When will the EU’s single market be complete? See how the Heads of State or Government pushed for the completion of the single market, digital single market and capital markets union.

Impact of Digitalisation on International Tax Matters

15-02-2019

This paper was prepared by Policy Department A at the request of the Committee on Financial Crimes, Tax Evasion and Tax Avoidance (TAX3) to discuss tax challenges posed by digitalisation, especially regarding new business models and value creation process, the impact of Base Erosion and Profit Shifting (BEPS) actions, unilateral measures and recent tax developments in the European Union (EU) and the United States (US) while evaluating alternative approaches to reform the international tax system ...

This paper was prepared by Policy Department A at the request of the Committee on Financial Crimes, Tax Evasion and Tax Avoidance (TAX3) to discuss tax challenges posed by digitalisation, especially regarding new business models and value creation process, the impact of Base Erosion and Profit Shifting (BEPS) actions, unilateral measures and recent tax developments in the European Union (EU) and the United States (US) while evaluating alternative approaches to reform the international tax system and highlighting difficulties and opportunities presented by Blockchain and collaborative economy for international taxation.

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Eli Hadzhieva

Plenary round-up – Strasbourg, December 2018

14-12-2018

The December plenary session was marked by the terrorist attack that took place in Strasbourg on 11 December. Members had that very day debated the report of Parliament's Special Committee on Terrorism, concluding its year's work. The December plenary session also featured debates on the preparations for the same week's European Council and Euro Summit meetings, as well as on the future of Europe, with Nicos Anastasiades, President of Cyprus. Parliament awarded the 2018 Sakharov Prize for freedom ...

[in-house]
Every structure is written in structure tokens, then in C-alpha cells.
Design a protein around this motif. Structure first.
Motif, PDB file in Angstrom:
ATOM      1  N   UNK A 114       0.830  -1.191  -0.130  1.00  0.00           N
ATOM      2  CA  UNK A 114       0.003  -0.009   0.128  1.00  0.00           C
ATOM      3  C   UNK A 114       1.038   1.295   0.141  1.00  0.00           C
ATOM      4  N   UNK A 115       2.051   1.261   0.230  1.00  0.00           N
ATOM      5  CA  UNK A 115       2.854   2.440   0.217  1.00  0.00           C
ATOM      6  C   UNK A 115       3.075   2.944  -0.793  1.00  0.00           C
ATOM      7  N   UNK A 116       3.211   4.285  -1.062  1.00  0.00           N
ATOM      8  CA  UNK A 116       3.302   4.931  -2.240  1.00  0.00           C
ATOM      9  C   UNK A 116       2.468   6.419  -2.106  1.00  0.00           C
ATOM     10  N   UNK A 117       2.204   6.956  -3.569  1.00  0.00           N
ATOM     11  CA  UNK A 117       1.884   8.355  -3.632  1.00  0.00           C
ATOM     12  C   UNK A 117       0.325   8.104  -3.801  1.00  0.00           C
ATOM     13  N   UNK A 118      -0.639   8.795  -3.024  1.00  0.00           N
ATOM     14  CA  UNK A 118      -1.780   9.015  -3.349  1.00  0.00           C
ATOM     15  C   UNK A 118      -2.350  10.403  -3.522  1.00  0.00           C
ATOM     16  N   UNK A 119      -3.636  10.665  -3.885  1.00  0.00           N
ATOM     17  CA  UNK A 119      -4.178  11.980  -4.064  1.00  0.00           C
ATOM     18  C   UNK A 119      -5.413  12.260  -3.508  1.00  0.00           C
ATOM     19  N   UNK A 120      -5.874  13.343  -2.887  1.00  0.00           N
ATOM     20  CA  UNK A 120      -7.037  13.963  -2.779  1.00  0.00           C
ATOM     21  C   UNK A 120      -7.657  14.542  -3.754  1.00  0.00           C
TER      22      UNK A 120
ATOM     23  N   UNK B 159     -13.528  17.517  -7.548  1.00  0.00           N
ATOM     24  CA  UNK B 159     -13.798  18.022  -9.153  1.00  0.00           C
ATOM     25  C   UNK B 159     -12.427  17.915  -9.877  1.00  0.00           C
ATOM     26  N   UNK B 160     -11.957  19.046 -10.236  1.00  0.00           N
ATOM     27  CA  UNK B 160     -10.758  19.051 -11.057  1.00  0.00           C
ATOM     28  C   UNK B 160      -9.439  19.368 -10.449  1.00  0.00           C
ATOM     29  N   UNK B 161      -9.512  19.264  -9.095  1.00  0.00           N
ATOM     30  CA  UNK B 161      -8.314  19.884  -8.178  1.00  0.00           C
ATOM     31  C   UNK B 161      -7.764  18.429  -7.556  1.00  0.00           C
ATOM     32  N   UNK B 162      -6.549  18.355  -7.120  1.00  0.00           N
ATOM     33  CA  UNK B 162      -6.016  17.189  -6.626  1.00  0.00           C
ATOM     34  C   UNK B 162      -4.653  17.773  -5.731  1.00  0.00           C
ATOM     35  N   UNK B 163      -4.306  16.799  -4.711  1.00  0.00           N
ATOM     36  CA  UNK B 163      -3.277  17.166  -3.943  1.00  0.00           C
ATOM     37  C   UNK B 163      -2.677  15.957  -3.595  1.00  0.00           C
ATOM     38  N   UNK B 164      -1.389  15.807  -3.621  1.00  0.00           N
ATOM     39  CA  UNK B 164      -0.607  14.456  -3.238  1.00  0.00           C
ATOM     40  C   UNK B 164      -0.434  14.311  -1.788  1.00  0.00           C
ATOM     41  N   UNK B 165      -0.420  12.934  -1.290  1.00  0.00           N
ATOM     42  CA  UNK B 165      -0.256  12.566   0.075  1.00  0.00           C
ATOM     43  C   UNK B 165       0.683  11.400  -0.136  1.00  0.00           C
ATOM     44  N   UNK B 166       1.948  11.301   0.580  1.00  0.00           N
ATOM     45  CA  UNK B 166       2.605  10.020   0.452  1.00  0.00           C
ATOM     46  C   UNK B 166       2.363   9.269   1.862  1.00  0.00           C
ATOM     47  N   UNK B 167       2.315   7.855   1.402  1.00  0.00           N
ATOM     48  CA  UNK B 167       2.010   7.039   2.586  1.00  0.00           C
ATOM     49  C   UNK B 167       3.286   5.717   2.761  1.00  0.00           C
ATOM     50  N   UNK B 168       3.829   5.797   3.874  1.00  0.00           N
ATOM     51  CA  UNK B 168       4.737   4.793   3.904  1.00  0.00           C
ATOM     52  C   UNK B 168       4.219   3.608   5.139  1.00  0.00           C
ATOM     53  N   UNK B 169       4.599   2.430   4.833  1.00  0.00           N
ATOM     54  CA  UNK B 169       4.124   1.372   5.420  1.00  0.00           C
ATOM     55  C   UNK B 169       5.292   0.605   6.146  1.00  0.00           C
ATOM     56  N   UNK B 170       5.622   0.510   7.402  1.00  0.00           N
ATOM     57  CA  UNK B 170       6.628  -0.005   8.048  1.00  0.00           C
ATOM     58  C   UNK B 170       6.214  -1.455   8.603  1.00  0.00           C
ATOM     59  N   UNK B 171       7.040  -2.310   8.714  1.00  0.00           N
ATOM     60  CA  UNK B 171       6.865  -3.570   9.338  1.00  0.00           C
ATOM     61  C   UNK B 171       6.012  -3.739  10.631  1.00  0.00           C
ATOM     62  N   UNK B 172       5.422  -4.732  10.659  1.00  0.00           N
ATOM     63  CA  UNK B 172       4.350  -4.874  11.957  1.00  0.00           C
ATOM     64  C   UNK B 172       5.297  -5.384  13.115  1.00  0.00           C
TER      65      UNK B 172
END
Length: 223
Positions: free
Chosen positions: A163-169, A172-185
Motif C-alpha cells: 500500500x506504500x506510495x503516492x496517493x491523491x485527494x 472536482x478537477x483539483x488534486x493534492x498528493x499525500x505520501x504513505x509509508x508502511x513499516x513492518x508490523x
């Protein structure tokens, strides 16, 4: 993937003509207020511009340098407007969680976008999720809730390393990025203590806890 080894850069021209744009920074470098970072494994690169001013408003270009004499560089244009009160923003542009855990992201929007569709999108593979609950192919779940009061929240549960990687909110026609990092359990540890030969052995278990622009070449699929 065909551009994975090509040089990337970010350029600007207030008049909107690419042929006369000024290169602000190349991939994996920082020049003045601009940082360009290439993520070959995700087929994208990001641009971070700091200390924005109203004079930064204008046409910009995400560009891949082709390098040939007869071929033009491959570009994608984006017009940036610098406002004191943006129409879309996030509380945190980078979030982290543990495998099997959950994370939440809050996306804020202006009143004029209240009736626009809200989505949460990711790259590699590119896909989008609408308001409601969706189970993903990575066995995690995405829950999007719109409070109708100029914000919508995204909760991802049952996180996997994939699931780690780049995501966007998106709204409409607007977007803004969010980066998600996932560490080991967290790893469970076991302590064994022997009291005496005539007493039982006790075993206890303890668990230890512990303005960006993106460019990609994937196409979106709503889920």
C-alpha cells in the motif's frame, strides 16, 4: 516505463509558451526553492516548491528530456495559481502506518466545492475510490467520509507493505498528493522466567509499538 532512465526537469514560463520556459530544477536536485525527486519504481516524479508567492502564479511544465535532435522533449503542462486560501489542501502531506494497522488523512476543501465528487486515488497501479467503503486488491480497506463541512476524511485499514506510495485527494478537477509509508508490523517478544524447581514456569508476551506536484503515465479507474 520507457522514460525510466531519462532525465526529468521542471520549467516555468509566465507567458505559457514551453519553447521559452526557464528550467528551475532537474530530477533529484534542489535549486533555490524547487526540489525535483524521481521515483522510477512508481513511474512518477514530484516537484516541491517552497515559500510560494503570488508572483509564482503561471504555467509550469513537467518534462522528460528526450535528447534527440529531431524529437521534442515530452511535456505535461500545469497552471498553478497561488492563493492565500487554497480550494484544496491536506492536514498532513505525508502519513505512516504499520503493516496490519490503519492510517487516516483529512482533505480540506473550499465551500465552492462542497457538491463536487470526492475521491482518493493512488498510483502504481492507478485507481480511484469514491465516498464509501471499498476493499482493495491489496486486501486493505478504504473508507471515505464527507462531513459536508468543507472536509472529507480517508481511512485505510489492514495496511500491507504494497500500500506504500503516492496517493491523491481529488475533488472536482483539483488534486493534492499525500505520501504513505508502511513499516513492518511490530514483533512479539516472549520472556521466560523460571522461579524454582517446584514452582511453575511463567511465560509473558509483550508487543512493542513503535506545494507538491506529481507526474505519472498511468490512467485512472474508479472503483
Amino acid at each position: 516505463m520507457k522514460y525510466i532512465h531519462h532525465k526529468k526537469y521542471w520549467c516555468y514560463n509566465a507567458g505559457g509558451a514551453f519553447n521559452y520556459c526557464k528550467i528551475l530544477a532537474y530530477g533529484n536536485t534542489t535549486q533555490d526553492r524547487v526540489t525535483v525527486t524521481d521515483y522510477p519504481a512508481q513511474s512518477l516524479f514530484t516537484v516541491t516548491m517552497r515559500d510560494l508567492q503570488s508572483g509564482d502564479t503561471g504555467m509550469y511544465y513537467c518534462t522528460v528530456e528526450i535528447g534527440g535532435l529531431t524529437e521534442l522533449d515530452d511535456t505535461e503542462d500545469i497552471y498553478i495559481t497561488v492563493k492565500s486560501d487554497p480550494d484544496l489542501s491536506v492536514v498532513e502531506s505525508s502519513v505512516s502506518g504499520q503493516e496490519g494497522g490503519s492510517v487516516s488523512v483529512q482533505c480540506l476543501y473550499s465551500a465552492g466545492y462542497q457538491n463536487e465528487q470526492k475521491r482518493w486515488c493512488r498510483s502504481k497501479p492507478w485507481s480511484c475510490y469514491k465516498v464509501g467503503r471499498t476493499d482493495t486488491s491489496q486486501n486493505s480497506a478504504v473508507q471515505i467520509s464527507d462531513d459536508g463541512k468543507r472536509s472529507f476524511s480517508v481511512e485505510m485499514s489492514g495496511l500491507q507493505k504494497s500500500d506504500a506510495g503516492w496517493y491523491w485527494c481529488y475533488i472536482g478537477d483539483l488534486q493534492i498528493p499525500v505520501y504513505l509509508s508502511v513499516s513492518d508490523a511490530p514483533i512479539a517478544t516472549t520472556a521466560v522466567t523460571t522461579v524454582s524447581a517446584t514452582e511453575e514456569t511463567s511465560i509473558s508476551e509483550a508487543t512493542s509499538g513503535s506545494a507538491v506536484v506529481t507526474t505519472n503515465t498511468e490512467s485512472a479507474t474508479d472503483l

The December plenary session was marked by the terrorist attack that took place in Strasbourg on 11 December. Members had that very day debated the report of Parliament's Special Committee on Terrorism, concluding its year's work. The December plenary session also featured debates on the preparations for the same week's European Council and Euro Summit meetings, as well as on the future of Europe, with Nicos Anastasiades, President of Cyprus. Parliament awarded the 2018 Sakharov Prize for freedom of thought to the imprisoned Ukrainian filmmaker, Oleg Sentsov, and adopted a report on the implementation of the EU-Ukraine Association Agreement. Parliament adopted the EU's 2019 budget, and held debates and voted on proposals on a digital services tax; risk assessment in the food chain; risks related to exposure to carcinogens or mutagens at work; revision of the statutes of three EU agencies; as well as an own initiative legislative report on expedited settlement of commercial disputes. Finally, Parliament adopted positions on seven of the three dozen proposed funding programmes for the 2021-2027 period, enabling negotiations with the Council to be launched.